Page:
Wichert ten Have, born in Amsterdam, the Netherlands, in 1944. Ph.D. from the University of Amsterdam. Associate Professor at the Department of Contemporary and Theoretical History and Director of the Teaching Institute of History, Archaeology and Regional Studies at the University of Amsterdam.
VNC Fellow (1 September 2001 – 30 June 2002)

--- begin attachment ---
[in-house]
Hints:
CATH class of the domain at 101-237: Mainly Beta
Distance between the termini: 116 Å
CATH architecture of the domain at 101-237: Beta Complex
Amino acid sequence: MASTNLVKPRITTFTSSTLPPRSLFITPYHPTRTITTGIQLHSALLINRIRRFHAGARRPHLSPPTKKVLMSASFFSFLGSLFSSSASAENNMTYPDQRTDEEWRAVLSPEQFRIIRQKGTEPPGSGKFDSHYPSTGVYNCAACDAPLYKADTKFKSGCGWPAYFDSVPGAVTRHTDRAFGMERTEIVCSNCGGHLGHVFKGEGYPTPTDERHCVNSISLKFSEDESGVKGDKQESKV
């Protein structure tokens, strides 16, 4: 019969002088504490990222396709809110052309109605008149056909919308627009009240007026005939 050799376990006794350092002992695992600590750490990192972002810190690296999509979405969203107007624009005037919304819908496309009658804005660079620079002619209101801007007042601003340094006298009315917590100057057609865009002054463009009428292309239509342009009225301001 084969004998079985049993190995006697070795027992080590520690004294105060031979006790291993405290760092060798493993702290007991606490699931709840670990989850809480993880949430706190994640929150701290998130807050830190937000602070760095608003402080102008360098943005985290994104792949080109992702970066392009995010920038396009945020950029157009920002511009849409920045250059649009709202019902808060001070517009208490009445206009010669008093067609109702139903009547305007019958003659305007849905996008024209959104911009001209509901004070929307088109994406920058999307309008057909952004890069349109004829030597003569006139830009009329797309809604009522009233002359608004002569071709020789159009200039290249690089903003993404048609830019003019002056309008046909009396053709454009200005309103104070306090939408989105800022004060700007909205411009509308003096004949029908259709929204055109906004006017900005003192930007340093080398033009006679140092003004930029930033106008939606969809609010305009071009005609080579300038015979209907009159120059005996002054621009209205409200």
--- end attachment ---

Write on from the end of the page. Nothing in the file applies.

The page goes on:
In my research on “Non-fascist criticism of the liberal and democratic order: the Low Countries before and during the Second World War” I chose a comparative approach. During my stay at NIAS my work focussed on Belgium and the Netherlands in the 1930s. I analysed the discussion of democracy in socialist, catholic and liberal circles in both countries. The interpretation of this discourse of criticism, however, only makes sense if it is put in a historical context. The comparative approach has been very useful. In the thirties both countries were confronted with a threat to democracy and in both countries the existing order prevailed. The discourse of criticism had features in common with other European countries. The fact that Belgium had been involved in the First World War and knew a virulent Flemish nationalist movement might help explain the differences in the discussion of democracy in Belgium and the Netherlands. In both countries social movements were organised in networks that involved a larger part of the population. The study of common and different aspects in both countries resulted in a comparative analysis of the changing meaning of the concept of democracy itself.